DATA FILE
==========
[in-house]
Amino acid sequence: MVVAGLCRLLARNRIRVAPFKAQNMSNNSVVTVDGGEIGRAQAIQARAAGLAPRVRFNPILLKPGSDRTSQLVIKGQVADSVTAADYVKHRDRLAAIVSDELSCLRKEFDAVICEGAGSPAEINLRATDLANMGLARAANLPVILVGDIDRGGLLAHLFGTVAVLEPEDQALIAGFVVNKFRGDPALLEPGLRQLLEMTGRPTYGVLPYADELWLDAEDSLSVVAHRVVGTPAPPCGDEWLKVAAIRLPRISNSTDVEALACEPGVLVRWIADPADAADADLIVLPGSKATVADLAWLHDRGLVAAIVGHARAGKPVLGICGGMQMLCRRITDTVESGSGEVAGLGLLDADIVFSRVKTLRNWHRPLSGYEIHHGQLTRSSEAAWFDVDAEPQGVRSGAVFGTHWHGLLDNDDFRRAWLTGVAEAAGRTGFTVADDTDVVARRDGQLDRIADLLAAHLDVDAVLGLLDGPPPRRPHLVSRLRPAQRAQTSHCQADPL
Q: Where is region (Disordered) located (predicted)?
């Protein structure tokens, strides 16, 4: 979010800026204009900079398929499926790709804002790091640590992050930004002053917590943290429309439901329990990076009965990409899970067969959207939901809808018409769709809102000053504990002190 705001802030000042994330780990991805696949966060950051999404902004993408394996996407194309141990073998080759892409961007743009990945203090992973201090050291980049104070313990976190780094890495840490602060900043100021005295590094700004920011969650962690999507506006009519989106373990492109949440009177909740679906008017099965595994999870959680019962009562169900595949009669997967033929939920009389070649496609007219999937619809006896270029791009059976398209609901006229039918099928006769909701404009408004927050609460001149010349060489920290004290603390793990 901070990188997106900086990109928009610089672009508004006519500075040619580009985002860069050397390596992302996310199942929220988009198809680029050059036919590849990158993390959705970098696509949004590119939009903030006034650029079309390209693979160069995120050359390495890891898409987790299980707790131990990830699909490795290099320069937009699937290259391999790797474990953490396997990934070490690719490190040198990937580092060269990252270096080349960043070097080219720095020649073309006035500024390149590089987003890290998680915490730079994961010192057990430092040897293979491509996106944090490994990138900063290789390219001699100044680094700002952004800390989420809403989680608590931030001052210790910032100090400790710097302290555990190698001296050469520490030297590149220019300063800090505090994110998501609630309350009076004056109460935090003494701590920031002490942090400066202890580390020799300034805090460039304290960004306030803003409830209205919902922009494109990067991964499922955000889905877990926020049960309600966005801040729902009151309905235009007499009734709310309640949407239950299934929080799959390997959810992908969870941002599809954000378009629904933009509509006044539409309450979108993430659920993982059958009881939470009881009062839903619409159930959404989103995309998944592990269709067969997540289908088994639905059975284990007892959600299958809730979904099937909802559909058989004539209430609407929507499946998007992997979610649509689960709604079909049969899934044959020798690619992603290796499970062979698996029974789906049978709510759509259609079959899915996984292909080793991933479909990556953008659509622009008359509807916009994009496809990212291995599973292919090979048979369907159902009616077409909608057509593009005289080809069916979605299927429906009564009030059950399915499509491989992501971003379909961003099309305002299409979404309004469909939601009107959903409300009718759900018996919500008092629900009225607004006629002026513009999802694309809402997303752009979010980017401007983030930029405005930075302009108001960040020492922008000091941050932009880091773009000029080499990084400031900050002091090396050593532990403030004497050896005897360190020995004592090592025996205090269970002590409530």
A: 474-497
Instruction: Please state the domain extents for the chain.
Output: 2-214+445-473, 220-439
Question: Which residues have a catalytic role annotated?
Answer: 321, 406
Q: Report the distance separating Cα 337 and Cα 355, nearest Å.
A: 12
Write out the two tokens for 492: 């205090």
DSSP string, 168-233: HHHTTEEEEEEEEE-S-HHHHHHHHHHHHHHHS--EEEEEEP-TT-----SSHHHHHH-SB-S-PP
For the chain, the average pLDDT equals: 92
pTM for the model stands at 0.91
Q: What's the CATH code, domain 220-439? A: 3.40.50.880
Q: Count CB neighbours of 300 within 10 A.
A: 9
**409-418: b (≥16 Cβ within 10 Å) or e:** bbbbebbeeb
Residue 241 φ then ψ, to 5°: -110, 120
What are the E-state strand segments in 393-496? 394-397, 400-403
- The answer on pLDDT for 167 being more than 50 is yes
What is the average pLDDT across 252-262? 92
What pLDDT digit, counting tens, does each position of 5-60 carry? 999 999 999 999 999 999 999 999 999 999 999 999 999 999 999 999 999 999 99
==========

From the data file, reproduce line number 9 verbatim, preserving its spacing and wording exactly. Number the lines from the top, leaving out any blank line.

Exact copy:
Answer: 321, 406